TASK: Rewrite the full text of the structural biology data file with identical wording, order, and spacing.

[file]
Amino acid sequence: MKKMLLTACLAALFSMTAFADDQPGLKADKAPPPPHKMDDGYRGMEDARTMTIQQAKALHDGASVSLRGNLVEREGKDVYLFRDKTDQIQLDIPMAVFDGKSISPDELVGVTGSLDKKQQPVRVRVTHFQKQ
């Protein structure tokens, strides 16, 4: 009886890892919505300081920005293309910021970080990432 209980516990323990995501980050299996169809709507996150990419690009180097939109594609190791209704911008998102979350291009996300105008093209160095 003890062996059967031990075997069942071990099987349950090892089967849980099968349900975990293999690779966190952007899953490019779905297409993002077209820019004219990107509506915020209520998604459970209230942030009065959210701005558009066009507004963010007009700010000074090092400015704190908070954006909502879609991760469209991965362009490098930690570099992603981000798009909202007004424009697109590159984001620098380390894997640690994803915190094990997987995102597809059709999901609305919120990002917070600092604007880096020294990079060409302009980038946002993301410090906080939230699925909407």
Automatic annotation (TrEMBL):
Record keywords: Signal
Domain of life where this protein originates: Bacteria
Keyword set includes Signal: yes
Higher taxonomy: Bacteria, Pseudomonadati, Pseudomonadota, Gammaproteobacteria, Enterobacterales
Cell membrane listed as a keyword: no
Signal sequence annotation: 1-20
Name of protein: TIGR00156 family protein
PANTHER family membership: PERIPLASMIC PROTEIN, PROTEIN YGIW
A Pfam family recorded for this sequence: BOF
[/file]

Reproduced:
Amino acid sequence: MKKMLLTACLAALFSMTAFADDQPGLKADKAPPPPHKMDDGYRGMEDARTMTIQQAKALHDGASVSLRGNLVEREGKDVYLFRDKTDQIQLDIPMAVFDGKSISPDELVGVTGSLDKKQQPVRVRVTHFQKQ
């Protein structure tokens, strides 16, 4: 009886890892919505300081920005293309910021970080990432 209980516990323990995501980050299996169809709507996150990419690009180097939109594609190791209704911008998102979350291009996300105008093209160095 003890062996059967031990075997069942071990099987349950090892089967849980099968349900975990293999690779966190952007899953490019779905297409993002077209820019004219990107509506915020209520998604459970209230942030009065959210701005558009066009507004963010007009700010000074090092400015704190908070954006909502879609991760469209991965362009490098930690570099992603981000798009909202007004424009697109590159984001620098380390894997640690994803915190094990997987995102597809059709999901609305919120990002917070600092604007880096020294990079060409302009980038946002993301410090906080939230699925909407």
Automatic annotation (TrEMBL):
Record keywords: Signal
Domain of life where this protein originates: Bacteria
Keyword set includes Signal: yes
Higher taxonomy: Bacteria, Pseudomonadati, Pseudomonadota, Gammaproteobacteria, Enterobacterales
Cell membrane listed as a keyword: no
Signal sequence annotation: 1-20
Name of protein: TIGR00156 family protein
PANTHER family membership: PERIPLASMIC PROTEIN, PROTEIN YGIW
A Pfam family recorded for this sequence: BOF